At 2, I went to a ceremony at the King County Superior Court where Washington State Mentors presented Community for Youth with a grant from Bank of America. Senator Ed Murray and Lieutenant Governor Brad Owens participated. Only a measly $5,000 though. That helps, but it doesn't really go that far.
I got some tea at Remedy Teas and killed a few hours reading.
Tonight was the first regular Thursday workshop for Steps Beyond for Sealth. We did the launch course this weekend which I wrote about. (Did I write much? I can't remember.) Anyway, today was less a full workshop than it was a set time to get everyone to figure out what their goals will be this year. Unlike previous years, we aren't setting goals for the whole school year. There will be one set of goals for the first semester, another for third quarter, and a third for the final quarter. No goals specifically for first quarter, since it's ¾ through already.
Each student and mentor will create one academic/vocational goal, and one life goal. The goal takes the form of:
I, fill in name here commit to specific action every day, week, month or other frequency so that I can big goal/result.
One or the other of the specific action or the big result (and preferably both) must be something measurable.
I love working with the students to figure out what their goals can be. A lot of folks (including mentors) come in with tentative ideas for things that they think they should do. Things that people in their positions are supposed to do. For example, one of the mentors in my group tentatively had that she/he would not hit the snooze button so that he/she could be in to work earlier. Well, in addition to not being particularly measurable, it sucks as a goal because it's not something that gets the person excited. And it isn't something that someone looks forward to. I told her/him my prediction was that in 2 to 4 weeks, either he/she would be doing it, or she/he wouldn't. It's also sort of all or nothing. There's no nirvana of having succeeded and accomplished the goal. You get it done, and then the next day you start all over again on the same freaking goal. And how do you tell if you've succeeded at the end? Which weeks or days do you count? All of them from the beginning? The last week?
Any one of those objections doesn't make it a bad goal for what we are doing. But all of them combined kind of made it a sucky goal. Anyway, the last couple of weeks the person had been talking about going back to school so as to start a more fulfilling career. Not that they know what it is they wanted to do. So I suggested that the person make the goal researching one career/major/field per week until something that interests her/him comes up. Figure out what it is the profession does. What it takes to get into it. What kinds of classes or schooling is needed. Talk to a few people who do it and get their opinions as to how enjoyable/fulfilling. It has a big payoff that she could get into. It has something measurable on the way that's not to hard to do. And it's something he/she can involve the students with.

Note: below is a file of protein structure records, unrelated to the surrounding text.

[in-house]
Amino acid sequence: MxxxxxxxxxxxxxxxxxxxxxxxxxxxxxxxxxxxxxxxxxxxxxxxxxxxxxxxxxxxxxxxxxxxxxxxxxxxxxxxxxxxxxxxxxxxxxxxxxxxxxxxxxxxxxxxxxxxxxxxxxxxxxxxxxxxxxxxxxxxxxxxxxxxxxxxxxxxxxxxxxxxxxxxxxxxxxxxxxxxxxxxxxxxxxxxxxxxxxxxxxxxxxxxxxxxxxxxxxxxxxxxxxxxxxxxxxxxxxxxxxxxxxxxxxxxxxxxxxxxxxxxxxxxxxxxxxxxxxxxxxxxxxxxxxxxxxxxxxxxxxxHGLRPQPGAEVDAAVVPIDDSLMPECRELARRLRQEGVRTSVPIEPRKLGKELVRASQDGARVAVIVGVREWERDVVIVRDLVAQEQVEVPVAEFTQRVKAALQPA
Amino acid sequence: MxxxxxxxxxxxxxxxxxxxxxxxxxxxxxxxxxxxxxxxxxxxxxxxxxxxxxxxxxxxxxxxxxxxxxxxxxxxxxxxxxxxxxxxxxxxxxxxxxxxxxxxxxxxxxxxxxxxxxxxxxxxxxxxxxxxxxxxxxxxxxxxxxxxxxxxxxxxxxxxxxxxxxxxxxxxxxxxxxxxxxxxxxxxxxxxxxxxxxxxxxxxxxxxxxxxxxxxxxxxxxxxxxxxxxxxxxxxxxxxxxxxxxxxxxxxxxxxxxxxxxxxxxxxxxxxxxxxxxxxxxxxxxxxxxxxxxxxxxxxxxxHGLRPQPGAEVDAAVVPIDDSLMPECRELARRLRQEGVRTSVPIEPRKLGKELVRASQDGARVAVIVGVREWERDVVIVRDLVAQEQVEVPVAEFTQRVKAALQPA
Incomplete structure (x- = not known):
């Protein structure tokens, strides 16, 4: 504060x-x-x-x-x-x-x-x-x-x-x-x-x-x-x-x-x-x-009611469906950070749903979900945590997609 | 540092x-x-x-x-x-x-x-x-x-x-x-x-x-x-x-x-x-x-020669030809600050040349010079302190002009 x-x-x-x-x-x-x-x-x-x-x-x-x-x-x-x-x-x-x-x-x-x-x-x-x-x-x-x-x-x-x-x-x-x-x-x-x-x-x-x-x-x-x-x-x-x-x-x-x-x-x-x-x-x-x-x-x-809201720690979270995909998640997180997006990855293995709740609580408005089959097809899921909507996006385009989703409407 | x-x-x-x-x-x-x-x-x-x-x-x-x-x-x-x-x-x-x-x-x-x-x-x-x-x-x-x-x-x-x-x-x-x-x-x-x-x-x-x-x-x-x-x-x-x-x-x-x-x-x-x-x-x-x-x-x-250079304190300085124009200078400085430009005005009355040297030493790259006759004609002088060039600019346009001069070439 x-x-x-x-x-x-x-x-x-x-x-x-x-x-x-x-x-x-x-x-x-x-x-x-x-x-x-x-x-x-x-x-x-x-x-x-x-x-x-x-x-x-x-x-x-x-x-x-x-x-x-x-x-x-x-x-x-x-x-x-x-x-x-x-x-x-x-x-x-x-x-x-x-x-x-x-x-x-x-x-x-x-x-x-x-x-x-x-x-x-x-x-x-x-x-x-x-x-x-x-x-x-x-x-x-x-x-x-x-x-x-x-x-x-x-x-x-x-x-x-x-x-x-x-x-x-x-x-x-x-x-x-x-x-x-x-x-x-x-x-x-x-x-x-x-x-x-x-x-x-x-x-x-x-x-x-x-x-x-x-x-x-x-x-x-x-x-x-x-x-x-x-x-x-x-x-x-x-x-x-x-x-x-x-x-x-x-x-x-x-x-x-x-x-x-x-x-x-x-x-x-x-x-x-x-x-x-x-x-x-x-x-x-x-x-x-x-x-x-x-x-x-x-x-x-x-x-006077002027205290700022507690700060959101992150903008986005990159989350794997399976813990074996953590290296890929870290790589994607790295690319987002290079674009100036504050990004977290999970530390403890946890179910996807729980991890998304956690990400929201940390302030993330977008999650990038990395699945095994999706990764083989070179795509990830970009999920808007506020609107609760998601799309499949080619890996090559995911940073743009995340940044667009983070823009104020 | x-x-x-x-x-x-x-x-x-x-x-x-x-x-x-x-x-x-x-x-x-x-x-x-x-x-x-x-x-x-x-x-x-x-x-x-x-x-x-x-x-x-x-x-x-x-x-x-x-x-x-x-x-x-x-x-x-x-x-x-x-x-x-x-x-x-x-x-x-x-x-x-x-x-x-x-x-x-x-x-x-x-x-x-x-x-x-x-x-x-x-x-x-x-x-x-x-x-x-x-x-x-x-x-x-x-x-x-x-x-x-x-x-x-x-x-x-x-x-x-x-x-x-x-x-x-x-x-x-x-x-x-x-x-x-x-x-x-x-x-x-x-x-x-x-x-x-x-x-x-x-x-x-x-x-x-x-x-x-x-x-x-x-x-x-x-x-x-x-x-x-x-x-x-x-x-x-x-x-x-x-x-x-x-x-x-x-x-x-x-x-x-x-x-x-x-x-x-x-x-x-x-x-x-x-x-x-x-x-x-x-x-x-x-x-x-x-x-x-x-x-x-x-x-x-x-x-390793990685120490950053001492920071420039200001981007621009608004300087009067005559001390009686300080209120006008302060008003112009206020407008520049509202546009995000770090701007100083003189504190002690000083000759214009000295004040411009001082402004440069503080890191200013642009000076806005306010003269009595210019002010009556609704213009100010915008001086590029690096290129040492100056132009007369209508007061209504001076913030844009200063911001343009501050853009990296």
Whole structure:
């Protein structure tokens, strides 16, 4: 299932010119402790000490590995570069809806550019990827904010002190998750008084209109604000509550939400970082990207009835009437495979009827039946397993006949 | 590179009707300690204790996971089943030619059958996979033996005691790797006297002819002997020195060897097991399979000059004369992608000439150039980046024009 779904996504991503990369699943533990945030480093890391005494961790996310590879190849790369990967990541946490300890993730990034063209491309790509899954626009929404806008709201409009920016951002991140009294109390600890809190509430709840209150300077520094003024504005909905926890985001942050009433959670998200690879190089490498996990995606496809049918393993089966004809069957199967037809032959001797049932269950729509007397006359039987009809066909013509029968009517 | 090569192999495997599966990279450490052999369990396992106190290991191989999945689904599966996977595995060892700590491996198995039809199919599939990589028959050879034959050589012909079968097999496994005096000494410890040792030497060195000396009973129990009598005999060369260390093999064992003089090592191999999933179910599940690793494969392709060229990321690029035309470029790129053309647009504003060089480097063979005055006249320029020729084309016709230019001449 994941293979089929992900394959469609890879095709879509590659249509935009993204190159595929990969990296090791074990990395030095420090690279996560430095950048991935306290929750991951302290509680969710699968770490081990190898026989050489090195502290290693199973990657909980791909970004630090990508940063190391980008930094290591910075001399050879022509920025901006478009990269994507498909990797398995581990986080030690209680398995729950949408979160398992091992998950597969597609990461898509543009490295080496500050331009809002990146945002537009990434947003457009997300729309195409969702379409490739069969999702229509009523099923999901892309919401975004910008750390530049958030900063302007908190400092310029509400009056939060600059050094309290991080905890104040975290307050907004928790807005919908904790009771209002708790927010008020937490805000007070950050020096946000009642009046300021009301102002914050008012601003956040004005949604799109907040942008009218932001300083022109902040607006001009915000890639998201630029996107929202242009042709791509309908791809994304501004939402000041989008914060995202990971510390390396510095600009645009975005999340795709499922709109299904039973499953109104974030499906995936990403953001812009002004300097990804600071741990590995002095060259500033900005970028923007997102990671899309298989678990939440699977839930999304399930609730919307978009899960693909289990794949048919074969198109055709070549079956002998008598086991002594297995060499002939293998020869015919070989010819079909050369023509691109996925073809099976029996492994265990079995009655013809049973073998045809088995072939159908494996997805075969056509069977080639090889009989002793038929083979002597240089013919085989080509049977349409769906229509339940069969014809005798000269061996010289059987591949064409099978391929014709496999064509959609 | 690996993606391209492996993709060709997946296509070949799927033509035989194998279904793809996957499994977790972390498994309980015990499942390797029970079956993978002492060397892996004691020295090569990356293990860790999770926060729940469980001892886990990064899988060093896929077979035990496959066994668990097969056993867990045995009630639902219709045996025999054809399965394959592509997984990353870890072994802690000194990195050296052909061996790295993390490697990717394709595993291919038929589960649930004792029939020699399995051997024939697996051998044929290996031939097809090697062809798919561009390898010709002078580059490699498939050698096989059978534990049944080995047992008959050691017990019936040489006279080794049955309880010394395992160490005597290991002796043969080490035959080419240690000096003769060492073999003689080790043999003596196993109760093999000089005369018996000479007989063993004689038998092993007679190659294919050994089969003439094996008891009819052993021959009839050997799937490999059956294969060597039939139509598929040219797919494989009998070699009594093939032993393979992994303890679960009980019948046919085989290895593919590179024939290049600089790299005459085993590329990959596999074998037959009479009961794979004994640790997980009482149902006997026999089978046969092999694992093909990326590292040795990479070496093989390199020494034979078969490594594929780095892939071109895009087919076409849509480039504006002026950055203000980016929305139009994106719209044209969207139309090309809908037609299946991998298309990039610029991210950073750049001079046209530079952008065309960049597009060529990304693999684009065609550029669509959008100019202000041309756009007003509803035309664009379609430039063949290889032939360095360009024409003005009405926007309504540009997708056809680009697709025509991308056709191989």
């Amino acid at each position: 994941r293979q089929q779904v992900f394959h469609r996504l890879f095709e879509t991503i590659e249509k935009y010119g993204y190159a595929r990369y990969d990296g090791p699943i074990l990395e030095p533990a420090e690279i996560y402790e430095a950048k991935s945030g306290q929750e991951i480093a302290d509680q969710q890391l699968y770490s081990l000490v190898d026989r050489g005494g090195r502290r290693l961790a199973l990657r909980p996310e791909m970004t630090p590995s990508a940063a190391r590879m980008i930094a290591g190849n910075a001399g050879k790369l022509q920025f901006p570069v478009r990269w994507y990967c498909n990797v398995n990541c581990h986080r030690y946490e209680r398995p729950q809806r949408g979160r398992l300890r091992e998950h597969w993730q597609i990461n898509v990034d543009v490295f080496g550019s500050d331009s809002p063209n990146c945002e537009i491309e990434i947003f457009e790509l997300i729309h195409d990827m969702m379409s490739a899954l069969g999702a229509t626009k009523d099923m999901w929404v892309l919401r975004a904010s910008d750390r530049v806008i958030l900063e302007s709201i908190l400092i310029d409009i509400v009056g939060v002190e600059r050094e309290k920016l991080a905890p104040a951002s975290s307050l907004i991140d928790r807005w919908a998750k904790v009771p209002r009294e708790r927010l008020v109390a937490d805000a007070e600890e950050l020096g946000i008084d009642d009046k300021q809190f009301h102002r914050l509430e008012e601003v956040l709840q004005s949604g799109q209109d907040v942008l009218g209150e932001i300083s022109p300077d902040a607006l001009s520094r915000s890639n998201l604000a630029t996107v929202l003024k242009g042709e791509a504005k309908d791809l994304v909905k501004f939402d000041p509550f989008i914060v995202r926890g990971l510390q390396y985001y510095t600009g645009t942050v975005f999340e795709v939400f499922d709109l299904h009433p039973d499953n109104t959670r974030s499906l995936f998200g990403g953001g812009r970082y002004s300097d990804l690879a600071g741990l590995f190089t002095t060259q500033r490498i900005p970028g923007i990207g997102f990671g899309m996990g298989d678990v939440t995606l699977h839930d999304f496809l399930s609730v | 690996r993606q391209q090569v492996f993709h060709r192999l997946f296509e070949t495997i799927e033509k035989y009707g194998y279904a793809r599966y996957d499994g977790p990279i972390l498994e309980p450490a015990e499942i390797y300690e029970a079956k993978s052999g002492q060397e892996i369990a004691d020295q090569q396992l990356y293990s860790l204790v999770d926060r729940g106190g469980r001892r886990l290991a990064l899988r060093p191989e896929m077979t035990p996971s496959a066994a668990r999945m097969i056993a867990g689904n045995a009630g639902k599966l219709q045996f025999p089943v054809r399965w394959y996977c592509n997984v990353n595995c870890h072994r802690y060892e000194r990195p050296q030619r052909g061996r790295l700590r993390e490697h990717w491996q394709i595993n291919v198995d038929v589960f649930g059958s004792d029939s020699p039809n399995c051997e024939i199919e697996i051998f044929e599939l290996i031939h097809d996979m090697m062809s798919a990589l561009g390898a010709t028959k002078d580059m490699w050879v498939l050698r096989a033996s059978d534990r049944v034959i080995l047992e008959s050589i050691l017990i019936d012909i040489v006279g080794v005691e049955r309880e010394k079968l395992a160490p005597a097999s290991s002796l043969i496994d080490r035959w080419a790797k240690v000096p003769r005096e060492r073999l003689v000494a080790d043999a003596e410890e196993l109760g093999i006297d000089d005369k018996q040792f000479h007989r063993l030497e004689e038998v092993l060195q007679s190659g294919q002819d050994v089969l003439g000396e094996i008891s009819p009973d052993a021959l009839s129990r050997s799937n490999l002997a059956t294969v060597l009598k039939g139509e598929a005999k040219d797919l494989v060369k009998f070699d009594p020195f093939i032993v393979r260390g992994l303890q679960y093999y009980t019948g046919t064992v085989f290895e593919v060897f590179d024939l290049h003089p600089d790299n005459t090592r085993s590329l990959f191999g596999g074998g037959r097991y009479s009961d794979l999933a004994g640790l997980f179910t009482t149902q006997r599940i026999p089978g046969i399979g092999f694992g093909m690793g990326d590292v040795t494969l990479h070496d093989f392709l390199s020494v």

One of the students in my group wanted to set a goal of a 4.0 for the semester. I kind of advised against that. Not because it's not doable, but because there's no room for messing up. If you mess up one class, or find you aren't well suited for getting an A in P.E., you can't make up for it by doing even better in another class. Right now it's attainable, but at some point in the future it might not be. And once it's not attainable, the kids often just quit entirely. I don't want them to be in a position of unattainable goals in the program ever. Hard goals yes. Goals with no room for error is iffy unless they are really close already. Since the student is currently getting a 3.5, a 3.8 or a 3.9 gives that student room to be human and mess up and still make the goal, yet still get a significant boost. Plus, a 4.0 still counts. (And setting a goal of 4.0 next quarter if they succeed at a 3.8 won't seem so all or nothing. It'll mean just moving one or two classes from a B to an A.)
The thrill comes from walking out of the evening with everyone in the group excited with their goals and where they are going. If folks are walking out thinking "I'll never do this" or "This is gonna suck" I don't think we're doing our job. I don't see that so much of getting them excited as helping them figure out (or merely help them admit to themselves) what it is that already excites them.
One of the students in my group last year is back this year. We're not in the same small group, but I chatted with him as we were walking out. His goal is to have applications for college and scholarships/grants all taken care of by the end of the semester. Which is totally awesome! When I first met him at the beginning of his sophomore year, college was the furthest from his mind. He has a family of fuckups. I think his long term goal was not a whole lot more than "don't be as much of a fuckup as they are." I don't think he's destined for the Ivy League (at least not at first), but college and a career aren't that far away.